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Are you referring to the switch to turn on your mobile data and find out the usage? There is a data mobile toggle switch on the Galaxy S7.
1) From the home screen tap Apps
2) Tap settings
3) On the Settings screen tap Data Usage
4) The next screen will show you a chart with the amount of data measured by your device
5) The next item below is the Mobile Data button to turn the data on or off
Hope this helps!!!
It's very ridiculous that Telus removes the quick panel toggle for data and hotspot from the S7. I know you guys charge an insane price for cell phones and data (collusion with other carriers is great isn't it?), but at least let us manage data better by not removing some toggles that are frequently and easy to access to allow us not to go over our very expensive data plans into stupid expensive overage charges.
It's very ridiculous that Telus removes the quick panel toggle for data and hotspot from the S7.
This complaint is all over the internet. It is not limited to Telus.
It certainly is the case on Samsung devices. Has been since the S4 got an Android 4.3 update. Yes, I do think there is a lot of back and forth between ISP's and OEM's like Telus and Samsung on what to include and what not to. Not sure who dictates to whom but in "collaboration" items like data toggles are removed from quick access panels making it really hard to get to those settings and toggle them on and off. One option is to use Samsung's Good Lock ui which you can get from the Samsung Galaxy store. It has the data toggle in the quick access panel. I use no more or less data when not having it there, it's just super frustrating that the decision was made to remove it.
We're talking via toggle button in the notification menu. It is possible going 3 layers into the settings to toggle on and off, however that's not the feature we're discussing. If you have the quick toggle, more details would be informative. (apps installed, rooted, etc).
Thanks to people at XDA, there is a way to restore toggle on Nougat updated S7's. No root required, however does require some specific instructions.
NOTE: if you do not understand what to do, do not attempt!!!! Ensure you have zero doubts, as this CAN ruin your quick settings if you do it incorrectly.
Search for "How to Restore the Mobile Data Quick Settings Toggle on Samsung Galaxy Devices" on the XDA website. It works, I just did it, and followed the steps. I read in the comments section also that you should paste the data outputted from the GET command into notepad, and make sure it is 1 line (delete all line breaks), before you attempt to paste it into the PUT command. Also, you can add the Hotspot toggle (again read comments)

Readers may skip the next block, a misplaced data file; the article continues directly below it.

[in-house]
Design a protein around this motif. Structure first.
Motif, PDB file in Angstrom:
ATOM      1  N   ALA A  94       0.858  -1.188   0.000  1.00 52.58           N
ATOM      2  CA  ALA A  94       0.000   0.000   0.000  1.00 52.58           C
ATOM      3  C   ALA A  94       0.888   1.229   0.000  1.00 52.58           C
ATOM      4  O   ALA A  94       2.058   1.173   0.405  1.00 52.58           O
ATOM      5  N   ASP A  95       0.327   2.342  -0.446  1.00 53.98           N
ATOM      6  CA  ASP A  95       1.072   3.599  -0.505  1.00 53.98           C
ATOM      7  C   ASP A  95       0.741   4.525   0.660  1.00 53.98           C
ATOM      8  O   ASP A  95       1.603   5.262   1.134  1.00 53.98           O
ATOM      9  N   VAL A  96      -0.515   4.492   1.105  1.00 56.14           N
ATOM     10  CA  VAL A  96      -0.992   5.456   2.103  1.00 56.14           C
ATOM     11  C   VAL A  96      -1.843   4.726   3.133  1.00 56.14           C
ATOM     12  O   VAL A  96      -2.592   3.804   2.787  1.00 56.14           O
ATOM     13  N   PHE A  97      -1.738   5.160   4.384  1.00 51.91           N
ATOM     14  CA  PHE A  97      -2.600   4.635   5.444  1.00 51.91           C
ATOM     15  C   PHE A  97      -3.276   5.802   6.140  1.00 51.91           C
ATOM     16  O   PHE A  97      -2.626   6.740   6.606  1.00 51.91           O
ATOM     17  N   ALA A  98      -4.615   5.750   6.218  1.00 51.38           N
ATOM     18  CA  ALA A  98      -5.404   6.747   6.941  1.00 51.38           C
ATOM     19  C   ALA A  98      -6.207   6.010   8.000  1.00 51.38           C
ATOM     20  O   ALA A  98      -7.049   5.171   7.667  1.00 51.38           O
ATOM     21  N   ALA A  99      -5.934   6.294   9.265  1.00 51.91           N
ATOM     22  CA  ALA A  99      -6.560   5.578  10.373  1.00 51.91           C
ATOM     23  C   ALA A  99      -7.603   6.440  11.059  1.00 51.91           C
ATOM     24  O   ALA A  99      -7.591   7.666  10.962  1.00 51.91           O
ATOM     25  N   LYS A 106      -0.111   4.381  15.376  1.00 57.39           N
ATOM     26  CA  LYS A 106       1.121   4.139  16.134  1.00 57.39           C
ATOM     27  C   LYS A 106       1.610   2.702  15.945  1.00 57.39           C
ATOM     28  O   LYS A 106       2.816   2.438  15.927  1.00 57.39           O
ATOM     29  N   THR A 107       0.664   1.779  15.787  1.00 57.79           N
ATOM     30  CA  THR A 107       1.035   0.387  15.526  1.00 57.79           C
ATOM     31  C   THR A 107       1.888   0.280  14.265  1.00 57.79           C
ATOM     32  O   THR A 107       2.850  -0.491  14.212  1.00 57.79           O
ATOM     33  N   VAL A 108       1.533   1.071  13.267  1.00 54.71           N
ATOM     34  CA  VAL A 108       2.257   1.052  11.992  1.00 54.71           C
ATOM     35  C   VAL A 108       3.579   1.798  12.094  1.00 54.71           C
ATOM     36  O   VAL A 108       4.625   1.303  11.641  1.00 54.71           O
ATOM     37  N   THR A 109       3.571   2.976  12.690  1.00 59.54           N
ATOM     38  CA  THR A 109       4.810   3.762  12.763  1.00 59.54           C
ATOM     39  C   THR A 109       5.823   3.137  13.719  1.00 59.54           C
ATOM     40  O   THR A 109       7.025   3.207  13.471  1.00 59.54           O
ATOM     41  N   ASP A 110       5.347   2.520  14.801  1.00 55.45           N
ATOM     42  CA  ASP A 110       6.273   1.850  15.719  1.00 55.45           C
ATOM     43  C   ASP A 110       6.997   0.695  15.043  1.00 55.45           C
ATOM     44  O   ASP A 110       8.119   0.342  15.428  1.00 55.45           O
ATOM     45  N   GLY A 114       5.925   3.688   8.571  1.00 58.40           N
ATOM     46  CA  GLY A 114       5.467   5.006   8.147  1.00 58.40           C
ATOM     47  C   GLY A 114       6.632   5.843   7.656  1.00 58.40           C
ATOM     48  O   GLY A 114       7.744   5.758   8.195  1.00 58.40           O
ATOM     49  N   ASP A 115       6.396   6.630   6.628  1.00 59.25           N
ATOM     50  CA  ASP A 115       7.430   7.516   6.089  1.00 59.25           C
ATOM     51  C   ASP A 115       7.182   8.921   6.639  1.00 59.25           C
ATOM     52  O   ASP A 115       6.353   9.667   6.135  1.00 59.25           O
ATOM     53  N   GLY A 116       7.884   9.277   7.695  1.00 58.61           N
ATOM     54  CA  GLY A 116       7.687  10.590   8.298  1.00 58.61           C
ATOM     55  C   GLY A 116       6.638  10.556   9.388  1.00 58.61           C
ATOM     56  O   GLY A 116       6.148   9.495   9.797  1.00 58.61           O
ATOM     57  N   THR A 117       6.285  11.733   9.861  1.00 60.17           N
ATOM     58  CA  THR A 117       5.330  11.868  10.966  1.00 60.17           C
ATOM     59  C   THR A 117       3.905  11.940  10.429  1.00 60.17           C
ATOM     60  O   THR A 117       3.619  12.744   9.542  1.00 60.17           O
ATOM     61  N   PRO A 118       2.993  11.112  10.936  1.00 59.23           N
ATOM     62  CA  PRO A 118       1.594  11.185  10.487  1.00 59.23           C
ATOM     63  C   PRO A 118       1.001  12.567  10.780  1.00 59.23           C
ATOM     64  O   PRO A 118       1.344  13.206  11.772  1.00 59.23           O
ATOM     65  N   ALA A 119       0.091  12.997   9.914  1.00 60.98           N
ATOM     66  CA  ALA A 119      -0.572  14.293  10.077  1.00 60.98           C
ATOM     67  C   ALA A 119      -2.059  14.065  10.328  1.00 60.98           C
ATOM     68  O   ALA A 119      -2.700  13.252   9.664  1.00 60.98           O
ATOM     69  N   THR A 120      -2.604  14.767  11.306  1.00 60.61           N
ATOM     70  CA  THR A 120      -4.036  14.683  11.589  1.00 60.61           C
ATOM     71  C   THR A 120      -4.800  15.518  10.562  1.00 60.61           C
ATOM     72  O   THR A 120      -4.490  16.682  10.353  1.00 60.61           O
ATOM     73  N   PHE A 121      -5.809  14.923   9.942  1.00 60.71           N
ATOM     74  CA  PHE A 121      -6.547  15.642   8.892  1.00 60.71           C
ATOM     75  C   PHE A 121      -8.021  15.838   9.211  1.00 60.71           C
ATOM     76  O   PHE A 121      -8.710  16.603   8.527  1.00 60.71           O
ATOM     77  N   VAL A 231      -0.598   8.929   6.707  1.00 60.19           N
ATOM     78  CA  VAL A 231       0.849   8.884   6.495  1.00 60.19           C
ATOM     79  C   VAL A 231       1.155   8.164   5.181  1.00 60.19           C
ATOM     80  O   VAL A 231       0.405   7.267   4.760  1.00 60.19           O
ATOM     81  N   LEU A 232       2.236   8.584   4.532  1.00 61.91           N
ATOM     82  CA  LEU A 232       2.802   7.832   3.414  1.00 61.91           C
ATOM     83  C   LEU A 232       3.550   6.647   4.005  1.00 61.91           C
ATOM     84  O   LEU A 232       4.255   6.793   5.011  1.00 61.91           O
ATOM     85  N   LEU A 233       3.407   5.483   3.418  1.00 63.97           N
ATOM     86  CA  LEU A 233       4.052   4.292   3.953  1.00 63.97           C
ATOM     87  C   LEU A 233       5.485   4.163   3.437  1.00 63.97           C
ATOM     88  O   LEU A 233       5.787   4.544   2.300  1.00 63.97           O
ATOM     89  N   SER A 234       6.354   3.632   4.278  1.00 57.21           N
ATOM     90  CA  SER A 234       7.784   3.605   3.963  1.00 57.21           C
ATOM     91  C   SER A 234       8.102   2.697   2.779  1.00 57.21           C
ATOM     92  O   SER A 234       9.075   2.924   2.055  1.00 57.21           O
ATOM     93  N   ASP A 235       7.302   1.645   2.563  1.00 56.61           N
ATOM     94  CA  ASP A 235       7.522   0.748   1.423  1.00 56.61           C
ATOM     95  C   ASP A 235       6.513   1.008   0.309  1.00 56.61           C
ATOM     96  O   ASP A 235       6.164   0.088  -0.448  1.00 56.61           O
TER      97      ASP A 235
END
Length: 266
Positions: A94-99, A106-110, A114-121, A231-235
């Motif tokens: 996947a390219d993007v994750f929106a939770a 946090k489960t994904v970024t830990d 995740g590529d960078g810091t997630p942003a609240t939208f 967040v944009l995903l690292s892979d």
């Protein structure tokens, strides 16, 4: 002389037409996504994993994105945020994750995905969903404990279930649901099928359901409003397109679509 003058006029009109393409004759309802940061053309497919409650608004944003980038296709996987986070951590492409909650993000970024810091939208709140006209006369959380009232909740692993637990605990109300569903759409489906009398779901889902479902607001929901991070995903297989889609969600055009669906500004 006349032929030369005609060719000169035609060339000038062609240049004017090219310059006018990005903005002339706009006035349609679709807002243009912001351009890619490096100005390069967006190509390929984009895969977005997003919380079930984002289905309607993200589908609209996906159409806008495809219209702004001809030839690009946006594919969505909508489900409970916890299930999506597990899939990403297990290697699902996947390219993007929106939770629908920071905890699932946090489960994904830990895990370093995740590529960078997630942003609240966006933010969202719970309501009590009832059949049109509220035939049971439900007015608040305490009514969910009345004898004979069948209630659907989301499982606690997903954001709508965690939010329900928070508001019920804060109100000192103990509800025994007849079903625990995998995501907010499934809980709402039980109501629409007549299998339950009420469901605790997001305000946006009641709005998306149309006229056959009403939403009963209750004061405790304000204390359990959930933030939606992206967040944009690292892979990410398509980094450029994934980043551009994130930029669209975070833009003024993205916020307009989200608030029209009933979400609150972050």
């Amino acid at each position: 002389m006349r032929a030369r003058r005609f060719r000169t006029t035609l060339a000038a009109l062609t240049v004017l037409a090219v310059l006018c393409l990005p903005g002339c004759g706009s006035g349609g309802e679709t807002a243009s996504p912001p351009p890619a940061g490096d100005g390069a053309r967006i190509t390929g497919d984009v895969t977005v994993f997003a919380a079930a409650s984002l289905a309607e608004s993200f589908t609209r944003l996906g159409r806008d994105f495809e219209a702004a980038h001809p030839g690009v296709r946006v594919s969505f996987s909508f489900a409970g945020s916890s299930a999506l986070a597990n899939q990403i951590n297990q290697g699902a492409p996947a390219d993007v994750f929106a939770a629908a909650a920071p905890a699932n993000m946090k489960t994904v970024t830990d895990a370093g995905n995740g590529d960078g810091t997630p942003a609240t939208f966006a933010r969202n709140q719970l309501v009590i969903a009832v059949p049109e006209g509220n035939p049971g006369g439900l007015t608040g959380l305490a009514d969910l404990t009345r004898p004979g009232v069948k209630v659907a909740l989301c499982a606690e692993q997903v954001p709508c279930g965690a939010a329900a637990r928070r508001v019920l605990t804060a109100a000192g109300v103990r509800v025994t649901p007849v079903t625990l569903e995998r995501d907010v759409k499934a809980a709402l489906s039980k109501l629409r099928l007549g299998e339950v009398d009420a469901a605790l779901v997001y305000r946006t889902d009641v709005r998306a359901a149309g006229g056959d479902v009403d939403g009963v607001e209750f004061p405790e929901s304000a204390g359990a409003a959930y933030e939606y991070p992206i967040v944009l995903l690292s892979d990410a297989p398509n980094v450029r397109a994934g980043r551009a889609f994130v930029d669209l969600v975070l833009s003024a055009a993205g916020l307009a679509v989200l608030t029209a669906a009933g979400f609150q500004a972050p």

Feel free to ask me any questions and I can try to help
Thank you for sharing this, I'll give this a try 🙂
It's really depressing to see how greedy Telus and other carriers are for removing the mobile data toggle from the quick settings panel, I've gotten phones in a few other countries and they never took that out of your control. A friend had an old iPhone from Telus with the same thing, no data toggle, very obvious they want you to trip over your mobile data quota 😞
Every iPhone I have owned has a Cellular Data Toggle in Settings > Cellular > switch on or off cellular data. It's not that far to go. iPhone has the option in the quick access menu for a few generations now. I will admit the 3Gs did not work the best with data off, but all iPhones since have been just fine with data turned off.
You can also prevent all apps from accessing cellular data, if you choose, so the phone willingly access those apps when you are connected to Wi-Fi. SWMBO gets by on considerably less than 100MB / month by using these options.
These settings are restricted based off of the carrier requesting it to be coded into an update that recognizes the SIM to disable certain menus. So, Telus would have had to request that Google implement this, just like AT&T always does. in order for these settings to not show. Simply pop in another SIM, like a T-Mobile USA SIM and see the difference.
This is something I have argued with AT&T over when I bought my girlfriend a Nexus 6P and she couldn't access the Network Selection menu. Removing the SIM showed the menu and the menu showed up with my T-Mobile SIM in it. As soon as she put her AT&T SIM in it, the menu disappeared.
I use WiFi more on my LG tablets, so I'm guessing if I used data much at all, I'd use more data on my tablets than on my SS7 phone. I don't use data now on my phone except for text pics, and then the data is so easy to reach it's stupid. I really don't see the problem. Nor do I see what Telus, or anyone, gains by removing this button; overages aren't a legit reason. If people want to use extreme data on their phones, they'll turn it on and leave it on, where the button is placed won't stop that. So what's the reason? Though this confuses me, it's not a problem for me, so I won't extend my querying. Lazy, I know.